As human beings, it’s natural for us to come up with excuses for things.
When I had my depression episode at 13 years old, it took me a long time to be comfortable with myself. Nine years to be exact.
I had to overcome all the negative self-talk and also to be able to communicate properly.
It wasn’t until I moved to Halifax where I started to make shifts in my life.
But what’s important here is why did it take me this long to change? When you want to make a change to yourself it can indeed take a lot of time.
However in my case there was something that held me back a lot.
And I know, that I’m not alone in this.
We Come Up With Excuses All The Time
You don’t feel like doing it.
It’s too tough.
You have other commitments.
You’re lacking time.
People can come up with just about any reason to not do something.
Even when they know that developing this habit or changing is going to be good for them.
We will still be stubborn or take action for a few days only to relapse.
There are plenty of ways to take action and develop your mindset to take action. But for now I want to be touching on why we make excuses in the first place.
After all, to understand a problem fully is to know what exactly caused it.
Why Do We Make Excuses?
In short, our brain like to shield us from certain things. Think of it as a way of preservation.
This can be good, but it can also be bad.
It can be good as it provides us protection. Naturally we feel safer when we are protected or comfortable.
It’s bad in the sense that we can resist a change. Change is stepping outside of our comfort zone and establishing something new.
That change can be good for us. But, excuses can get in the way. They are another barrier to our growth. As Dr. Claudia Aguirre writes:
It(Excuses) serves as a distraction of sorts that prevents us from achieving the task, but it stems from a deeper, unconscious desire to protect ourselves (our Ego, if you asked Freud) against anxiety and shame.
So instead of shielding us from guilt, our brain is coming up with elaborate excuses that shield us from shame and even anxiety.
More negative emotions.
The issue is that not every change is going to bring shame and anxiety. Quitting smoking isn’t anything shameful. Yes your friends and co-workers might miss you. However it’s not a shameful act.
It all goes back to how you see failure. Is failure a failure? Or is a lesson you can grow from?
Furthermore you also need to consider what is being proposed.
My Point Is: Some Excuses Are Bullshit
Some people enter into a state where they will come up with any kind of excuse. Again our brain is very crafty and good at doing that.
Our brain will preserve us, shield us, and keep us in our comfort zone no matter what, when we let it.
Our brain, in essence, is an excuse making machine. It can create anything from you’re too tired so you’ll skip working out to making you think about cigarettes so you’ll get back into smoking.
These reasons can be excuses depending on the context. Take working out. If you exercised a little bit at a time each day, you can’t say you’re tired. That’s silly.
But if you had a one hour high-intensity work out session, that makes sense to be tired and sore the next day.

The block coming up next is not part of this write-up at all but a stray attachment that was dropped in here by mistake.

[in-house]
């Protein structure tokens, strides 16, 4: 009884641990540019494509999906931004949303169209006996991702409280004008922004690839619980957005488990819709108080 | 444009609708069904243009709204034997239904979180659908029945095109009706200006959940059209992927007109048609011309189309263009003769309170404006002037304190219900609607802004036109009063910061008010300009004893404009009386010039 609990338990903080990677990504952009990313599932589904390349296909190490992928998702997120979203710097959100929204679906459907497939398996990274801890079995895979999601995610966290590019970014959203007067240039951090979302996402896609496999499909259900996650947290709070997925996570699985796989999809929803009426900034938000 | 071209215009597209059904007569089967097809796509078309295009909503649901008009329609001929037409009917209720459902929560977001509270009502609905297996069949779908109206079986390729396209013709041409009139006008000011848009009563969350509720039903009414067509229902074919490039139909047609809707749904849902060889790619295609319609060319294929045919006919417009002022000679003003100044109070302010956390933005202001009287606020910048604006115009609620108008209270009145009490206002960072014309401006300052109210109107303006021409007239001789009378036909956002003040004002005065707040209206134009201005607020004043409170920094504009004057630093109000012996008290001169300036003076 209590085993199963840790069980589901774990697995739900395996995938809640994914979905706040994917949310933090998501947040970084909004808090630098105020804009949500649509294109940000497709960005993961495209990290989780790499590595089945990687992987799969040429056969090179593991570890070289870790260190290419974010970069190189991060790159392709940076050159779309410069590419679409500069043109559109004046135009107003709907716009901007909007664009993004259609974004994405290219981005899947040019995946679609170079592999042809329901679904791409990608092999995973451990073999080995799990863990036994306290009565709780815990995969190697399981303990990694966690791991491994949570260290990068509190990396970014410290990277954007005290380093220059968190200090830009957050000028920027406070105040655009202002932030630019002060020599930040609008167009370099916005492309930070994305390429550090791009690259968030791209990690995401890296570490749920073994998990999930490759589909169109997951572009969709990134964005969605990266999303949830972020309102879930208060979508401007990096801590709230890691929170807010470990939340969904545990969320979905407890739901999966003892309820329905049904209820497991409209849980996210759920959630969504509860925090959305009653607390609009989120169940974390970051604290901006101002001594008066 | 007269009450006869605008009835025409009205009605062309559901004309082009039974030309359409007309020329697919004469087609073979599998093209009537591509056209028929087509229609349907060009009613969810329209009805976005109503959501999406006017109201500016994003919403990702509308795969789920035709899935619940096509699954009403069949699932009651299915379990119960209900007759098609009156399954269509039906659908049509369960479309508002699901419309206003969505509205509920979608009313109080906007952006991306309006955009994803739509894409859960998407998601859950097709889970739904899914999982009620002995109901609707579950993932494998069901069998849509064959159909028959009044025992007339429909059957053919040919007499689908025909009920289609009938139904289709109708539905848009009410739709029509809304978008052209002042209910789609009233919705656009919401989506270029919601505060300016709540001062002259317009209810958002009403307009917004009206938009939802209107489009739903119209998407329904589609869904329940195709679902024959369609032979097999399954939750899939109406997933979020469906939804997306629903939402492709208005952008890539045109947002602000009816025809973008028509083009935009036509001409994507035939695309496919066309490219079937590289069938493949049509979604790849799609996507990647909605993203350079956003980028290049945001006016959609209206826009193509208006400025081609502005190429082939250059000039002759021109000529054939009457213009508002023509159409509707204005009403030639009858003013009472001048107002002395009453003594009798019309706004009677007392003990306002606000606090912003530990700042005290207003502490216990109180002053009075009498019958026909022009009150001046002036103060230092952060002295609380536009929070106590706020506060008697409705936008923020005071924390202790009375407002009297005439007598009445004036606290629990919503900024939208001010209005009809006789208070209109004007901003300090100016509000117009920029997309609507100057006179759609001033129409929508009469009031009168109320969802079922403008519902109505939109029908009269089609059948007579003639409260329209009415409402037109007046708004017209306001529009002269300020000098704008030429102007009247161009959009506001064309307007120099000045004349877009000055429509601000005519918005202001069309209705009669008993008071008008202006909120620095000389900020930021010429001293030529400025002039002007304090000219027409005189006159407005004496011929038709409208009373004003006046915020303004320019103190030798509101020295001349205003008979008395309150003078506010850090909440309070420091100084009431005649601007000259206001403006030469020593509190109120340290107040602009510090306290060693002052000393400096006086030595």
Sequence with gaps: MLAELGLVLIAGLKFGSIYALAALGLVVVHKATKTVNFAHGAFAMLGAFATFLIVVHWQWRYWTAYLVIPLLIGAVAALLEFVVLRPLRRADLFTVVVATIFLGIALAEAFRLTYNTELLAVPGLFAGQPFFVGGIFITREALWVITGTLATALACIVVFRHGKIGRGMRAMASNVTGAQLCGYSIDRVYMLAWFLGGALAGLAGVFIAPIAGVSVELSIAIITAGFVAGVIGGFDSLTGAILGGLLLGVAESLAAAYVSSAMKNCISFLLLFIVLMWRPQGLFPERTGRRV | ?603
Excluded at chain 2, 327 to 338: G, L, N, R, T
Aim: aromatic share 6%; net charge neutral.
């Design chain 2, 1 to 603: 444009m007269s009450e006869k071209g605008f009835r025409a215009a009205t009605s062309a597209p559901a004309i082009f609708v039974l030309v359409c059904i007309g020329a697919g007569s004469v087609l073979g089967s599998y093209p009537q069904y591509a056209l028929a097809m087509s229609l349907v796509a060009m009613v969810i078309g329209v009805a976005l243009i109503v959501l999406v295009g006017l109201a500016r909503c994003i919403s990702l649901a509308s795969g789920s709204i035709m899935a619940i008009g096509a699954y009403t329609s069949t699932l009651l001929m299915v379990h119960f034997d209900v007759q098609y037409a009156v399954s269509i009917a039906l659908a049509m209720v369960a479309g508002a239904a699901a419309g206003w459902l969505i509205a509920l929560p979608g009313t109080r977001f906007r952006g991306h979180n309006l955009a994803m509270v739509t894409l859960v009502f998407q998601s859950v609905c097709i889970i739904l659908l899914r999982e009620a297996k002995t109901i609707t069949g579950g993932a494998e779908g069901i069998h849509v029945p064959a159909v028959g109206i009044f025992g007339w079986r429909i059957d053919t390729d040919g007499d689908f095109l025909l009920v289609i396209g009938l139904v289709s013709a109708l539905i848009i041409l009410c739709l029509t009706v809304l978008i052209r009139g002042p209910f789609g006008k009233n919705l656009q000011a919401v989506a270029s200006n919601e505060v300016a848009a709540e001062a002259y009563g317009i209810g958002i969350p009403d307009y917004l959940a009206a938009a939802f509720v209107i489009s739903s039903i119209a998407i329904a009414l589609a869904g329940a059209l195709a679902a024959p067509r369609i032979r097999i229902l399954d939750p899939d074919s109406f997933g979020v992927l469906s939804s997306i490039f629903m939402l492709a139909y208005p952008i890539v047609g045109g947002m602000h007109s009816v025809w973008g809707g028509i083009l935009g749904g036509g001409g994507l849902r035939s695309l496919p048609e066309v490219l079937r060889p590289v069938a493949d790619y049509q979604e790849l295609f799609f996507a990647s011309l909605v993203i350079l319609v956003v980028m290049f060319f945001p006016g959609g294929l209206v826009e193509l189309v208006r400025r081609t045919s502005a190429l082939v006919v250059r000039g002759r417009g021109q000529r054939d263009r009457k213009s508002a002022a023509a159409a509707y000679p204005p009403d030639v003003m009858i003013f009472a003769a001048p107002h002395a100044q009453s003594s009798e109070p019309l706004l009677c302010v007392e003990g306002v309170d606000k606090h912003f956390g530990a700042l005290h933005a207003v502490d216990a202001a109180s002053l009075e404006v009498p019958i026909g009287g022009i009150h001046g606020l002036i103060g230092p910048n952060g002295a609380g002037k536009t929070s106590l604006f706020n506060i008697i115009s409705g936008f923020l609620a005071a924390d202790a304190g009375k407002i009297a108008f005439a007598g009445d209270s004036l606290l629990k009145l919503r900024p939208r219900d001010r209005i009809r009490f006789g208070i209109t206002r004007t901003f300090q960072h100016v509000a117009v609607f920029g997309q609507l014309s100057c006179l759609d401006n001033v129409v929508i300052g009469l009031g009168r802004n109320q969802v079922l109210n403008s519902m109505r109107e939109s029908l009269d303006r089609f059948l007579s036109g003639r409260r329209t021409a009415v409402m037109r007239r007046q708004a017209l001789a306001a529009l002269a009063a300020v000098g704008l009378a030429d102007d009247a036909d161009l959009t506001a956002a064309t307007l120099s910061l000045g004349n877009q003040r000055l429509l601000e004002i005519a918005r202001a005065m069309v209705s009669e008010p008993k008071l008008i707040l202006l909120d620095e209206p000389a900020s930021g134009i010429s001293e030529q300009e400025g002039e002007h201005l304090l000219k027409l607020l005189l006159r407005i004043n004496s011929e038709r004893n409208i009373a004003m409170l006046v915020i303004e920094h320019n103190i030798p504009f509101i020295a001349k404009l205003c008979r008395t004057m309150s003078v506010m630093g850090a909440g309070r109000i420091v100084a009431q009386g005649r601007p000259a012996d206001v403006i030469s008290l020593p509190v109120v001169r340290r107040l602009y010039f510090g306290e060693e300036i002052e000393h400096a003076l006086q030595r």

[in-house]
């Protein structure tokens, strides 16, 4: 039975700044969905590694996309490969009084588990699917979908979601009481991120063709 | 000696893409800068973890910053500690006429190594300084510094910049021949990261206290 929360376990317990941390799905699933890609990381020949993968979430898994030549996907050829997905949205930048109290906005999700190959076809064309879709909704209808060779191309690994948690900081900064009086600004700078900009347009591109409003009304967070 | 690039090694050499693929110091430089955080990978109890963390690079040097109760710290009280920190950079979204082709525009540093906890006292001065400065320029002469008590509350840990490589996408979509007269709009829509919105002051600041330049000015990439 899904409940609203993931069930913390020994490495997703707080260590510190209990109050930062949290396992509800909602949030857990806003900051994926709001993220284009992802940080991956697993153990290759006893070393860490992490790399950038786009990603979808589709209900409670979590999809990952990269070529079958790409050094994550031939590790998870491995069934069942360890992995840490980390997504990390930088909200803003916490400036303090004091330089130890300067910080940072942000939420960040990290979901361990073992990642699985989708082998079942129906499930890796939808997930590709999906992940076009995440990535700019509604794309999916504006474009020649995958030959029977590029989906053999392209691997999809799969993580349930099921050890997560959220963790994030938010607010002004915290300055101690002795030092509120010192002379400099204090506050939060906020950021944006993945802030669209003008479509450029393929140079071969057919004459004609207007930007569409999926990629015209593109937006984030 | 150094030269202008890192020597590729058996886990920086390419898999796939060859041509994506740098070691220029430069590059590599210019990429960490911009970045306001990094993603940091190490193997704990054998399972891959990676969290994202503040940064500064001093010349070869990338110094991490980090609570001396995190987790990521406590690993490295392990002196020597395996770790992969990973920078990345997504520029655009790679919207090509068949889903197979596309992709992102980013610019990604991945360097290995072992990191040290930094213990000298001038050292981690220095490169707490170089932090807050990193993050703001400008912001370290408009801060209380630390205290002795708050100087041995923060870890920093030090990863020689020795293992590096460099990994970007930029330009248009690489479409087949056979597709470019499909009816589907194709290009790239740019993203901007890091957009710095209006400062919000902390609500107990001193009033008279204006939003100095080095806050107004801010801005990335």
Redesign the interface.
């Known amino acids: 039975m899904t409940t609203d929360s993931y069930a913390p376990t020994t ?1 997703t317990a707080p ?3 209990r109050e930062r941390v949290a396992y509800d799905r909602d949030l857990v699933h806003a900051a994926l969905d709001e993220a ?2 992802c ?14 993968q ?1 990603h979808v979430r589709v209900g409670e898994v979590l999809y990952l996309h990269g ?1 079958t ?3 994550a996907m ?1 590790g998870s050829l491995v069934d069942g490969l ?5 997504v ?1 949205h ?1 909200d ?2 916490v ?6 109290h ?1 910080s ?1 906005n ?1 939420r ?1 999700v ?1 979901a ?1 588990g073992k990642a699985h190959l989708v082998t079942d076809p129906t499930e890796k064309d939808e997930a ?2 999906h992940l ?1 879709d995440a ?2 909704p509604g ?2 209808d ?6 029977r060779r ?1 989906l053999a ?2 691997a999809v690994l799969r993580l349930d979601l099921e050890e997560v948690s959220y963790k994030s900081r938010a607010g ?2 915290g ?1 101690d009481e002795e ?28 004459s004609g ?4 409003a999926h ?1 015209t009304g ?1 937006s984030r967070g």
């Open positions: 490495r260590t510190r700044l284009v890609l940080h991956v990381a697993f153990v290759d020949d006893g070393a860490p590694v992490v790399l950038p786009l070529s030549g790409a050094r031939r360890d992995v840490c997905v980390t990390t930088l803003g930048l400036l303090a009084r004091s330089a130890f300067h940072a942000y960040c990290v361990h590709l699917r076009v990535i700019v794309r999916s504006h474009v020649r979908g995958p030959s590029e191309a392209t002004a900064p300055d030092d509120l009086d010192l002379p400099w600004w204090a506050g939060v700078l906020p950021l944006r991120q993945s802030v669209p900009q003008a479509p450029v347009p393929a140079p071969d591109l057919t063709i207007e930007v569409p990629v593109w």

So How Do We Break This Cycle?
How can we start avoiding excuses and start taking action?
I’m not saying we have to say “Yes” to every opportunity that comes our way.
However, I believe it is important for us to lean more on saying yes to clearly good things.
Changes that we assess and we know have the potential to be good for us. Some times all we need to do is write that out and explain to ourselves that.
We are able to do this in a few ways. Again going back to why we make excuses is that we are protecting ourselves from anxiety and shame.
To Remove Shame
It’s not a matter of “being fearless”, but learning to embrace failure. That learning and failing is part of the process.
I remember I struggled a lot to break out of my shell and start talking to people. I came up with all kinds of excuses, but in the end, I pulled through.
It was only until I somehow persuaded myself that I had to make a massive change did I overcome that feeling of shame.
There is no shame in talking properly.
When you fail, you learn something about yourself. And I learned a lot about myself during those nine years. I still learn about myself today.
And To Remove Anxiety
It’s a matter of doing research.
I believe anxiety stems from a lot of uncertainty within people. Again we are so quick to resist change because some of us believe we are destined to fail before we even start.
That’s why it’s important to do research, to ask questions but above all be willing to have an open mind around it.
After all, we can expect people to have a variety of different thoughts and opinions about a particular subject.
In the end, anxiety can be stifled once we know what we can get out of it. When you explain to yourself the benefits of the change you are going through, it gets easier.
By explaining to your brain that if you quit smoking you’ll have a lower risk of lung cancer, be able to breath properly, and in general feel a lot better, your brain will calm down. It’ll allow you to try and make this change.
So do the research and figure out the benefits and the sacrifices. Weigh the information you get and draw a conclusion.
Excuses Can Vanish
Excuses are but barriers and once we learn how to handle them, we can better understand ourselves. Furthermore we know how to break through them time after time.
To your growth!
Eric S Burdon